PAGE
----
3.4 Using Word to Import Text
There's a good chance your text content is coming from an outside text file. Learn how to easily import this text into InDesign and retain the original formatting.
1.Introduction2 lessons, 09:28
2.Setting Up The Document5 lessons, 21:01
3.Developing A Style Template5 lessons, 34:49
4.Core Pages8 lessons, 1:05:52
5.Covers3 lessons, 24:14
6.Proofing & Output3 lessons, 13:55
7.Conclusion2 lessons, 03:45
3.4 Using Word to Import Text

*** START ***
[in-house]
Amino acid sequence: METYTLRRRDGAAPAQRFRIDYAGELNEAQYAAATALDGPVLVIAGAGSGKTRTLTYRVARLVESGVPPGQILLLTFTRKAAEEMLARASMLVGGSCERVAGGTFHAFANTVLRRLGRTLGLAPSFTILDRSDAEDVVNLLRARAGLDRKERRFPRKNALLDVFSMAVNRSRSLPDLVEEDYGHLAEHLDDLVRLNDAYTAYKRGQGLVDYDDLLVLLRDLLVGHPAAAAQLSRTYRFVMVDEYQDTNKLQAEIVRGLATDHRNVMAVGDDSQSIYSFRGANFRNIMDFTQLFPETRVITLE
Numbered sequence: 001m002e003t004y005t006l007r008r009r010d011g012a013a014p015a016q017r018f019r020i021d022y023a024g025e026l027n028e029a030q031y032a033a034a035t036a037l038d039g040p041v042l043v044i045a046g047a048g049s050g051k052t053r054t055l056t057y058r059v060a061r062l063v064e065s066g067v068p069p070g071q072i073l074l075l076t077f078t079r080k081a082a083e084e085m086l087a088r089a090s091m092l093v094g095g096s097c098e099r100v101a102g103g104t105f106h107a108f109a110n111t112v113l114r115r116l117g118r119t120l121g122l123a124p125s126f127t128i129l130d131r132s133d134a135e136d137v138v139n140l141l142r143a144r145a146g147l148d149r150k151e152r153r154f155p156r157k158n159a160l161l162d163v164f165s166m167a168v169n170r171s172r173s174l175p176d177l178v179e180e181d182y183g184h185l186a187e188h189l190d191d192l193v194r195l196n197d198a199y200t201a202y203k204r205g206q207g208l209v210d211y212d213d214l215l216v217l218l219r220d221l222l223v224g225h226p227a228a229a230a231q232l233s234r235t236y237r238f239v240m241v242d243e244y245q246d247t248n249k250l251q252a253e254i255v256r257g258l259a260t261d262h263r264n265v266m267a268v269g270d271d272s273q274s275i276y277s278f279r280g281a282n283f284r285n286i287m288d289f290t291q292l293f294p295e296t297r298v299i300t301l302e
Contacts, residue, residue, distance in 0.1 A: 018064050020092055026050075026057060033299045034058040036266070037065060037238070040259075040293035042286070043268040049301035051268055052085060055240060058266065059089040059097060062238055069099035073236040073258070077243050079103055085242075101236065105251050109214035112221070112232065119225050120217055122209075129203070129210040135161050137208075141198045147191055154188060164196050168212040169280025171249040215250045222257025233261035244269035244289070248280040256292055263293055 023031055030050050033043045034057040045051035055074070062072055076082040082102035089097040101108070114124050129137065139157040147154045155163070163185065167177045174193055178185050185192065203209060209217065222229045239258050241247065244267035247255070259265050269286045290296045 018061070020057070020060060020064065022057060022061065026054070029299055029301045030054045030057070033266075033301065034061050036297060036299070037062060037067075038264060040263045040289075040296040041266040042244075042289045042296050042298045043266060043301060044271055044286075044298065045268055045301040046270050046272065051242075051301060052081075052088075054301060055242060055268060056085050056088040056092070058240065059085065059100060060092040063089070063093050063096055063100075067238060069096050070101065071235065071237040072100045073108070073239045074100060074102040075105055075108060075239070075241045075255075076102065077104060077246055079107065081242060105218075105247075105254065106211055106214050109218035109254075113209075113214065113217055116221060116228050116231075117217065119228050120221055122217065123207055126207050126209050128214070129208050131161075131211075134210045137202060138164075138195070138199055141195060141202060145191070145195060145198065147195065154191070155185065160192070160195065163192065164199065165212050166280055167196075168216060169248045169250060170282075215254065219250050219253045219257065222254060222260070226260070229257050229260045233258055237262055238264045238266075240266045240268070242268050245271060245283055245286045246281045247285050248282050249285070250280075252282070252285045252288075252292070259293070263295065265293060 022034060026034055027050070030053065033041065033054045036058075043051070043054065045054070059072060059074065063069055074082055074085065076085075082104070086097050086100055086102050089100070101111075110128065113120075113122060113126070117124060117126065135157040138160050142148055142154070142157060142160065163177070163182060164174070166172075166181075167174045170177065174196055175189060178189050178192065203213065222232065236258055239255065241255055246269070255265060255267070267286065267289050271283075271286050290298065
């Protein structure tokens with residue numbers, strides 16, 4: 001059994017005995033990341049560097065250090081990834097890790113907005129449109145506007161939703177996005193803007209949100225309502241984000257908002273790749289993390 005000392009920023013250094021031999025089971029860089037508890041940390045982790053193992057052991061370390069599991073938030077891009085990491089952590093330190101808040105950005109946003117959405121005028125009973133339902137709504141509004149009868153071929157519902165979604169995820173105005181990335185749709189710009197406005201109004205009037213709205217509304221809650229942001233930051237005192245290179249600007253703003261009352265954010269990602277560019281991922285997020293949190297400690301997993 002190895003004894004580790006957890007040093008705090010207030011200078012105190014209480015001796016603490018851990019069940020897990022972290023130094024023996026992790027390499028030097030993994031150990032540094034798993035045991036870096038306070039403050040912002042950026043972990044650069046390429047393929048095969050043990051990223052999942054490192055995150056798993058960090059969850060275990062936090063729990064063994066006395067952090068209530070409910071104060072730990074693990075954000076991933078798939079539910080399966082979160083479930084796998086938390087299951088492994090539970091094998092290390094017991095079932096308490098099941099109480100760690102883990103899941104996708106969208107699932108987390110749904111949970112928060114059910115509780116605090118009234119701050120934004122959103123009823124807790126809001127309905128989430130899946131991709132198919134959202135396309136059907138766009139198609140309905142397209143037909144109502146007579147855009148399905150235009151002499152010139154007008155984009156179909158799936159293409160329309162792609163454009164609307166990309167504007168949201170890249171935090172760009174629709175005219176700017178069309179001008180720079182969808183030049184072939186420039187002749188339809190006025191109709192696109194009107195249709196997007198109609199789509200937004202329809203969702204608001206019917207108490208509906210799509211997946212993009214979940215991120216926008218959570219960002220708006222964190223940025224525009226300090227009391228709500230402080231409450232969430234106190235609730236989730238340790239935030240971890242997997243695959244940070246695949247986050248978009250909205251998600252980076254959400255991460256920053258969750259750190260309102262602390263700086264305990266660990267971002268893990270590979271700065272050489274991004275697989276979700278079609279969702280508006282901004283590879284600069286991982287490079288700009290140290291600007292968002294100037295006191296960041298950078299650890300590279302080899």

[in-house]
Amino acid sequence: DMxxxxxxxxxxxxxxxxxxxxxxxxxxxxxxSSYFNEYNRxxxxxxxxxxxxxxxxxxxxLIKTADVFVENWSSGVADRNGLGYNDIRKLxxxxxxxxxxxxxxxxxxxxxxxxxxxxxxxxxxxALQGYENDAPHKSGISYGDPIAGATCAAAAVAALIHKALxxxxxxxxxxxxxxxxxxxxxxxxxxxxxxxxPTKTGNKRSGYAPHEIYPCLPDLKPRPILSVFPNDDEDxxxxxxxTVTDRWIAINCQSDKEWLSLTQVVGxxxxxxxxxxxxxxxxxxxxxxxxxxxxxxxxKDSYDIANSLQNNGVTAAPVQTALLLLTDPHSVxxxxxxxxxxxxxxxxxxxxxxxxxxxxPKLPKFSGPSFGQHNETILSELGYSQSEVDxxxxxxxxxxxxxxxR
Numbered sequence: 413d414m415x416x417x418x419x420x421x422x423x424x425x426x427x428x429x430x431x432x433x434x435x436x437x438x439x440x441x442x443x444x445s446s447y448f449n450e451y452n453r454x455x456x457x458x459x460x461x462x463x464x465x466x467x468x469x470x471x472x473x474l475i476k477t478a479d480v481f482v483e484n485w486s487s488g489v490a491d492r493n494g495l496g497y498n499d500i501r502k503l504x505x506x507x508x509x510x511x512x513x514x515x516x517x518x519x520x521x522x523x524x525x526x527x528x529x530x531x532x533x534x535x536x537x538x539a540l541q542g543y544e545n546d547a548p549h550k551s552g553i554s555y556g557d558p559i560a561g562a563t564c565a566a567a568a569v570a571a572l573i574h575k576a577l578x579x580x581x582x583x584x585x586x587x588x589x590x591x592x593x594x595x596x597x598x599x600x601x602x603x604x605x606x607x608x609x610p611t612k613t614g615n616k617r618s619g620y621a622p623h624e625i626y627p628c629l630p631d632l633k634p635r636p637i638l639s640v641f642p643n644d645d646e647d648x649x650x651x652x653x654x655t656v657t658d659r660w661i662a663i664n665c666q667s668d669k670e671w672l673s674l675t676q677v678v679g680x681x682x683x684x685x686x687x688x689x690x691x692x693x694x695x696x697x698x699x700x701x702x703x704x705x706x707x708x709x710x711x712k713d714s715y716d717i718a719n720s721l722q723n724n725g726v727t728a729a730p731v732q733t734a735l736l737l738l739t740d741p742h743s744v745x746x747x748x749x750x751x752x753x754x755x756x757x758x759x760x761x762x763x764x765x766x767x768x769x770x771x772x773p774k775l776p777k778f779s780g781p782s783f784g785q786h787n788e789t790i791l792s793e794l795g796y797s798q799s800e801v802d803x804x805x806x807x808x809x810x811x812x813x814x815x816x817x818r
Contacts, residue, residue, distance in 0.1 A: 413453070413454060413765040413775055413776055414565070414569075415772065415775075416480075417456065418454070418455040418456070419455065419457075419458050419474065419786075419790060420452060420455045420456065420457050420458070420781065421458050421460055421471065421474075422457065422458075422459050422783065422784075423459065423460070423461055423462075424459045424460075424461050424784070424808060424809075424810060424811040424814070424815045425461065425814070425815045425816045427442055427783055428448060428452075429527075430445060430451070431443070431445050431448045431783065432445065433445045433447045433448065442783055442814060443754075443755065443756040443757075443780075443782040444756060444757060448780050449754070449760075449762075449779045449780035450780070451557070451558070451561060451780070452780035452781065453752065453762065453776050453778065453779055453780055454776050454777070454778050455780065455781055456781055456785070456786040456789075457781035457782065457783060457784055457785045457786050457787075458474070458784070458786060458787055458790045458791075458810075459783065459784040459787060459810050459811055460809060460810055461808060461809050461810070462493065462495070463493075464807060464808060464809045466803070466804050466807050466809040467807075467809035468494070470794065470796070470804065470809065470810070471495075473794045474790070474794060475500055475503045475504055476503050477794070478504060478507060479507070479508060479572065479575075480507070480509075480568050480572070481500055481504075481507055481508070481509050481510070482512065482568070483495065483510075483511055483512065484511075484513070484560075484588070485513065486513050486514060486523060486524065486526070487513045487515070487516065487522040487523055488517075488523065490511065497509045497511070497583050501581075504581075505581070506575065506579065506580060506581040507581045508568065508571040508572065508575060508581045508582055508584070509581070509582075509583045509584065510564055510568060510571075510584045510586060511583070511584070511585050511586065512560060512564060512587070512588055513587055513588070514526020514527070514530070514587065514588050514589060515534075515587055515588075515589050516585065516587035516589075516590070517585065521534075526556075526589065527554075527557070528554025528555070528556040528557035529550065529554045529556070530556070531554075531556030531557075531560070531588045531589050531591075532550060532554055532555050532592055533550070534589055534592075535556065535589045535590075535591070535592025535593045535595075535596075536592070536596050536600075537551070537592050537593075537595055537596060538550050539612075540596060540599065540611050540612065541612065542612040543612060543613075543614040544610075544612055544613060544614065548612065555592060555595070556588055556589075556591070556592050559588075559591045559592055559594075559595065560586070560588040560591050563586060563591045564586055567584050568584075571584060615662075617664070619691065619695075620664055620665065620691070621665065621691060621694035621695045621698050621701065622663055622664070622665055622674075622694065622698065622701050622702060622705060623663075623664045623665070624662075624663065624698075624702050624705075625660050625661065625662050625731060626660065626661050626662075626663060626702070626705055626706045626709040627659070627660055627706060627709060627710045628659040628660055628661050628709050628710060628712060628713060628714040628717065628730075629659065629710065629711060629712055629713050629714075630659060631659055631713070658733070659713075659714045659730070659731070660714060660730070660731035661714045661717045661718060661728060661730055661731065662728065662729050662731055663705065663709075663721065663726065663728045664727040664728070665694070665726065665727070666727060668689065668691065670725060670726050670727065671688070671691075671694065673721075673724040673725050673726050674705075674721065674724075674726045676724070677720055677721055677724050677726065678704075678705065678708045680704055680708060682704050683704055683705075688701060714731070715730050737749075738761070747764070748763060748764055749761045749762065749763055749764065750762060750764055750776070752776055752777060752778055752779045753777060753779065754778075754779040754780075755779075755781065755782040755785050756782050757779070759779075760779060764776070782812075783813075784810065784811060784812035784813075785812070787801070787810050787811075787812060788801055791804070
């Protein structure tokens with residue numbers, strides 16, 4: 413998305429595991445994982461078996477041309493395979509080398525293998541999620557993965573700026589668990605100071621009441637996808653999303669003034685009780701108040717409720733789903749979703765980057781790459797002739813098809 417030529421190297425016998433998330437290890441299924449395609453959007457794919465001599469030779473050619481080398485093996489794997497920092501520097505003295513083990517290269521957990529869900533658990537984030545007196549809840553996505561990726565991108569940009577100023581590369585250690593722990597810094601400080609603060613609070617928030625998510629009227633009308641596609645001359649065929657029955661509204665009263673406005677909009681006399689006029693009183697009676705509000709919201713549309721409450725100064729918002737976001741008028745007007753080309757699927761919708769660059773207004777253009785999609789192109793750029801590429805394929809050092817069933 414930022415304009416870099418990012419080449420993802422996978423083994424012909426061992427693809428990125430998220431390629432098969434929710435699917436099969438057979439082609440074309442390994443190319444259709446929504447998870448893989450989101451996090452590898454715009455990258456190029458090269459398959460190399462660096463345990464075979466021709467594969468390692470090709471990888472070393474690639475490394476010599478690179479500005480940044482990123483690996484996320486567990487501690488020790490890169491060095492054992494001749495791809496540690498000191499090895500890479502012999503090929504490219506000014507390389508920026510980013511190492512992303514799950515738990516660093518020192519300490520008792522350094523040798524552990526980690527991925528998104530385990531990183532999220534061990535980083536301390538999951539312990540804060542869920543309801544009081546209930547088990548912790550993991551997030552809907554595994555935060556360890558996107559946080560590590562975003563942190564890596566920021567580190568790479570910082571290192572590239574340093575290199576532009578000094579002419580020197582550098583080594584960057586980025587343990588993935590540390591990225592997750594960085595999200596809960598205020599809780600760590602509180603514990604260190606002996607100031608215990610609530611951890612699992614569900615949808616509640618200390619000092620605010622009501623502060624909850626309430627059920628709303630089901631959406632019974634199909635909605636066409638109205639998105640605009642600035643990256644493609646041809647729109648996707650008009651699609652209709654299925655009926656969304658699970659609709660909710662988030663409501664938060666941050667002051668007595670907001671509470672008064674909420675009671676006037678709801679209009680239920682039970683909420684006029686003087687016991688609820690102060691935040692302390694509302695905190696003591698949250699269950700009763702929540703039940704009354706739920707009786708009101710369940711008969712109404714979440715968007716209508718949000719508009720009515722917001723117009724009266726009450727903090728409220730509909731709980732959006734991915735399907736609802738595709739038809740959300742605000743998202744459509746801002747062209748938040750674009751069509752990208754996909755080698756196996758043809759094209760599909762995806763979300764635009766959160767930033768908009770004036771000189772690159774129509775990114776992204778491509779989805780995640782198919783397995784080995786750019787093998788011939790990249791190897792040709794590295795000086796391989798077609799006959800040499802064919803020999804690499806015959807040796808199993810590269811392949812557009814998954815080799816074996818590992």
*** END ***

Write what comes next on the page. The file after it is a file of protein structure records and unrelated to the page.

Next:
Hi everyone. In this lesson, we're going to import text from Word into our magazine design. Now this is more than likely gonna happen quite a bit for you as you're working through your magazine, especially if outside sources are creating articles for inclusion in your magazine. That could be formatted in so many different ways. More than likely, it's typed up in Word, and you may be given the Word doc, so how do you get that into your template easily and efficiently and perhaps even retain some of that original formatting so you don't have to go through and manually change all of that. So we are back in our template. Basically for these beginning sections I'm just working on the same pages here because you're going to apply these techniques throughout your design. So it's not a matter of having a actual real life situation for this, more just how do you do it? So in this case I'm just going to have an article ready to go. Now as you're designing your magazine if you know, this is how I work. There are a lot of times where you are waiting on content, just waiting and it gets a little crazy when you're working on a deadline. So if you're waiting for actual content, you can style the page to the most of your ability and then just drop in that content saves you so much time instead of starting from scratch once that content arrives. So this is a good example of that where you could have your overall masthead ready to go. You just have to change what this text actually says once that article arrives. So in this case, we have that we know what the headline is going to be. We know who the author is going to be and then we have some engaging text goes here. And then you have space right here. So you've pretty much mapped out what you have available to you as far as space goes for your article and now you just need to import it from word. So to do that, it is so simple in In Design, you just go to file, place and an option pops up for you to navigate to that document. It's a good idea to keep all of your related magazine items together because if your magazine is large you can have a lot of content building up. And here is the trick. You click on your work document. This can be any version, it doesn't have to be the latest and greatest. But you want to make sure that Show Import Options is checked. And then you hit Open. And then Options come up to you for your Word import. And you can actually set different presets to this if this is a common import that you do. But just take a look here. You can add a table of contents, index, endnotes, footnotes if that's available in the document. You can use the typographer's quotes, you can have the option to remove any styles and formatting from the text and tables in Word, so if you want to have ultimate freedom to style this article the way that you want, you can just select that and it'll remove any styling from your word document. Or you can preserve the already in place styles. This is entirely up to you. Something you may want to check with both, because it's such an easy Import option. You can almost import the article with the style, see what it looks like. Import the article without the style, and see what it looks like. And the one area where styling becomes crucial to retain is if your author is using a lot of italics. Because if you have to go back through the entire article and find out what's italicized and what is not, that could be extremely time consuming. So it may be worth it to retain that style, and go through, and then you can apply an overall styling after that. You can also import any graphics, any unused styles, convert bullets and numbers to text if you want to. And then you can have the option to either input those styles automatically using your paragraph styles, which is neat. If you work really well with your author and they use Word in conjunction with your style in InDesign, you can use what InDesign has in place or you can redefine that if you want to. For both of your paragraph and character style conflicts. Now what happens is if there's a conflict this setting is going to say use what ever end design has. And then that will auto populate. And then you have the option to customize that even further if you want to. So you can save this preset if you're ready or you can not if it's something that you don't change too much. But when you hit OK, you're gonna have the option to place this text. Now we're gonna place it here and a couple things are gonna happen. I did this on purpose. This does not look the way that we want it to look and you can see here I just used fake text and that this author credit and article title was at the top, which is essentially what we would be putting in this space. So we can actually go ahead and remove that. Automatically from our document. But again this is not looking the way that we want and that's okay because quickly we can go over to our character style and notice that we had the H1 headline selected and in reality we want this to be our body text. And as soon as we click that, the entire paragraph is changed now to whatever style we had for our body. And if you want to, you can format this into a couple different columns. You can go crazy now with this layout to get it to fit into the white space that you have available to you. You notice here, that you might even have a couple options for photos, which is great. So that is one very quick and easy way to import that word text into your document, and you can further style it from there, or you can take the styles the author already applied. It's entirely up to you.